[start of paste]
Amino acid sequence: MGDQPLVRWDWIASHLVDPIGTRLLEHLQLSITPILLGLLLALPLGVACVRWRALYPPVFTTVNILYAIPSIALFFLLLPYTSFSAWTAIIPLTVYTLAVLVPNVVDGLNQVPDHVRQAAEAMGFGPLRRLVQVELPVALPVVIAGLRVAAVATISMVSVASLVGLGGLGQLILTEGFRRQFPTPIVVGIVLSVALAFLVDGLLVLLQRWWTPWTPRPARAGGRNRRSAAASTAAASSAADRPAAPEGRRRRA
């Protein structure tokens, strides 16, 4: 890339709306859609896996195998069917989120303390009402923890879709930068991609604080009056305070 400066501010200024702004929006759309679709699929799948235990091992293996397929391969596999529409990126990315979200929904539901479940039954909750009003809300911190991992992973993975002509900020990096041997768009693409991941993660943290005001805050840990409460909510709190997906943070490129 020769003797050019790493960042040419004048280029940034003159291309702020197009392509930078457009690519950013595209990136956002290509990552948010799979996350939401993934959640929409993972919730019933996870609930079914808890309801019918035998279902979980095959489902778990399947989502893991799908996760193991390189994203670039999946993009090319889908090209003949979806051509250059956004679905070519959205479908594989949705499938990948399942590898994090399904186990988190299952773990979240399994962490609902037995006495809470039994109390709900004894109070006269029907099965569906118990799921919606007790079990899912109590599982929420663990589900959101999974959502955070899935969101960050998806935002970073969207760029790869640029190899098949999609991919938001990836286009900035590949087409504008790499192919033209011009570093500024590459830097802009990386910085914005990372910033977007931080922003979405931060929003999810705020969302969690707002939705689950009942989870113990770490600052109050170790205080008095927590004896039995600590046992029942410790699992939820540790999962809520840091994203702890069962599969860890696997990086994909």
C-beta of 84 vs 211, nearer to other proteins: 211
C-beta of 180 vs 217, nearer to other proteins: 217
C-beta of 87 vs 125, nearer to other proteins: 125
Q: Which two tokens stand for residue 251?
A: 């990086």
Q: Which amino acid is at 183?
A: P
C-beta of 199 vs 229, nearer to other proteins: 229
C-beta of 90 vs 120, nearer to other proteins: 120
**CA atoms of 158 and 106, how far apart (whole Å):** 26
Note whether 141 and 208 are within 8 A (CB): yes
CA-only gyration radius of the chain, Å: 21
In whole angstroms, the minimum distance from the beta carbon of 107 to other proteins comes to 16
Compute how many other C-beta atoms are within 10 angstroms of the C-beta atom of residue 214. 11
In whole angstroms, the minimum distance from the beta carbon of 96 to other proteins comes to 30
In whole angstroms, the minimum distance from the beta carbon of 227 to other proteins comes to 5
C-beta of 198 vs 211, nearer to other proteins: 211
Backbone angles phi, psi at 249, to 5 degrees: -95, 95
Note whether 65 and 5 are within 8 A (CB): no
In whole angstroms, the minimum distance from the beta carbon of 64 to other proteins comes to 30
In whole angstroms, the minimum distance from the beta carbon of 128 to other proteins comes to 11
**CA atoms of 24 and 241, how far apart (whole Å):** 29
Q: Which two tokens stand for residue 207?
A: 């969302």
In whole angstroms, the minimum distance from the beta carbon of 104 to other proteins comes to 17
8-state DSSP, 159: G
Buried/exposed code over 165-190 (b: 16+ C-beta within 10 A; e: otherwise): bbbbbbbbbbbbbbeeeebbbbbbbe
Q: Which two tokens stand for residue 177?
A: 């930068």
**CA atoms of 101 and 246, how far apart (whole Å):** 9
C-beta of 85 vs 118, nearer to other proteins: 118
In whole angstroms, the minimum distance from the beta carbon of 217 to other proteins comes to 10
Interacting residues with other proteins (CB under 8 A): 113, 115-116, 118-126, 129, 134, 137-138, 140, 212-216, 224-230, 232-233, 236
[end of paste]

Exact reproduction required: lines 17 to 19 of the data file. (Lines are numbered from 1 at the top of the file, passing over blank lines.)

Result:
In whole angstroms, the minimum distance from the beta carbon of 96 to other proteins comes to 30
In whole angstroms, the minimum distance from the beta carbon of 227 to other proteins comes to 5
C-beta of 198 vs 211, nearer to other proteins: 211